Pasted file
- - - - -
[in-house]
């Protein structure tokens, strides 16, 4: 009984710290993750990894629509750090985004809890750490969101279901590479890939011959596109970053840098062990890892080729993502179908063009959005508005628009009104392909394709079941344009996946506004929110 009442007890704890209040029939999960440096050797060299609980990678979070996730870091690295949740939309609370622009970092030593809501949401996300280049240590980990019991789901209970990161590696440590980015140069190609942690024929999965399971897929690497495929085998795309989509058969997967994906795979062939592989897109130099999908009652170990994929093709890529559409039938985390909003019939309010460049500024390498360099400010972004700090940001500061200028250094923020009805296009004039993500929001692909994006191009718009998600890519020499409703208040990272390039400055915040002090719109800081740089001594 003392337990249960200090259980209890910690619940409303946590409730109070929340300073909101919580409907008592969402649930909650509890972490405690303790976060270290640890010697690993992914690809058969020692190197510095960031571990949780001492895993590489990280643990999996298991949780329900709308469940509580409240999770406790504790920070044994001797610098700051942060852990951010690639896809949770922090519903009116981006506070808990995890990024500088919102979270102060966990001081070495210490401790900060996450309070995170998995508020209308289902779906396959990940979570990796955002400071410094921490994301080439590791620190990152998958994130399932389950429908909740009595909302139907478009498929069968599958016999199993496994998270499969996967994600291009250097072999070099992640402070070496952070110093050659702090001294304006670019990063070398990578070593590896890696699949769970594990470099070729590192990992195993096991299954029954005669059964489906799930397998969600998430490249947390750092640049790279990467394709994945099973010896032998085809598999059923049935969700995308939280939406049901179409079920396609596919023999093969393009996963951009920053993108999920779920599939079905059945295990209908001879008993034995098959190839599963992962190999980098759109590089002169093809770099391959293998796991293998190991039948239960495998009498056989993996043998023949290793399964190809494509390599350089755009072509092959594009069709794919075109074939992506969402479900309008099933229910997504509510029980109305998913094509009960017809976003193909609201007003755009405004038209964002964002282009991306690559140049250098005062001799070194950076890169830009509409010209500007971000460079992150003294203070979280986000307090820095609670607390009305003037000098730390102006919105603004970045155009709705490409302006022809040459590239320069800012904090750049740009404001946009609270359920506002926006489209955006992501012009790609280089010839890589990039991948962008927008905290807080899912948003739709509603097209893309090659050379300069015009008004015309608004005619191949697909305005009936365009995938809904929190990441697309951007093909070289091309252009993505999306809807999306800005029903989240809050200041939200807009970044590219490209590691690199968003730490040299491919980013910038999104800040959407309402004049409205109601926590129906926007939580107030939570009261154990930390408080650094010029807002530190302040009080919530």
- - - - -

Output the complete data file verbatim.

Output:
[in-house]
């Protein structure tokens, strides 16, 4: 009984710290993750990894629509750090985004809890750490969101279901590479890939011959596109970053840098062990890892080729993502179908063009959005508005628009009104392909394709079941344009996946506004929110 009442007890704890209040029939999960440096050797060299609980990678979070996730870091690295949740939309609370622009970092030593809501949401996300280049240590980990019991789901209970990161590696440590980015140069190609942690024929999965399971897929690497495929085998795309989509058969997967994906795979062939592989897109130099999908009652170990994929093709890529559409039938985390909003019939309010460049500024390498360099400010972004700090940001500061200028250094923020009805296009004039993500929001692909994006191009718009998600890519020499409703208040990272390039400055915040002090719109800081740089001594 003392337990249960200090259980209890910690619940409303946590409730109070929340300073909101919580409907008592969402649930909650509890972490405690303790976060270290640890010697690993992914690809058969020692190197510095960031571990949780001492895993590489990280643990999996298991949780329900709308469940509580409240999770406790504790920070044994001797610098700051942060852990951010690639896809949770922090519903009116981006506070808990995890990024500088919102979270102060966990001081070495210490401790900060996450309070995170998995508020209308289902779906396959990940979570990796955002400071410094921490994301080439590791620190990152998958994130399932389950429908909740009595909302139907478009498929069968599958016999199993496994998270499969996967994600291009250097072999070099992640402070070496952070110093050659702090001294304006670019990063070398990578070593590896890696699949769970594990470099070729590192990992195993096991299954029954005669059964489906799930397998969600998430490249947390750092640049790279990467394709994945099973010896032998085809598999059923049935969700995308939280939406049901179409079920396609596919023999093969393009996963951009920053993108999920779920599939079905059945295990209908001879008993034995098959190839599963992962190999980098759109590089002169093809770099391959293998796991293998190991039948239960495998009498056989993996043998023949290793399964190809494509390599350089755009072509092959594009069709794919075109074939992506969402479900309008099933229910997504509510029980109305998913094509009960017809976003193909609201007003755009405004038209964002964002282009991306690559140049250098005062001799070194950076890169830009509409010209500007971000460079992150003294203070979280986000307090820095609670607390009305003037000098730390102006919105603004970045155009709705490409302006022809040459590239320069800012904090750049740009404001946009609270359920506002926006489209955006992501012009790609280089010839890589990039991948962008927008905290807080899912948003739709509603097209893309090659050379300069015009008004015309608004005619191949697909305005009936365009995938809904929190990441697309951007093909070289091309252009993505999306809807999306800005029903989240809050200041939200807009970044590219490209590691690199968003730490040299491919980013910038999104800040959407309402004049409205109601926590129906926007939580107030939570009261154990930390408080650094010029807002530190302040009080919530």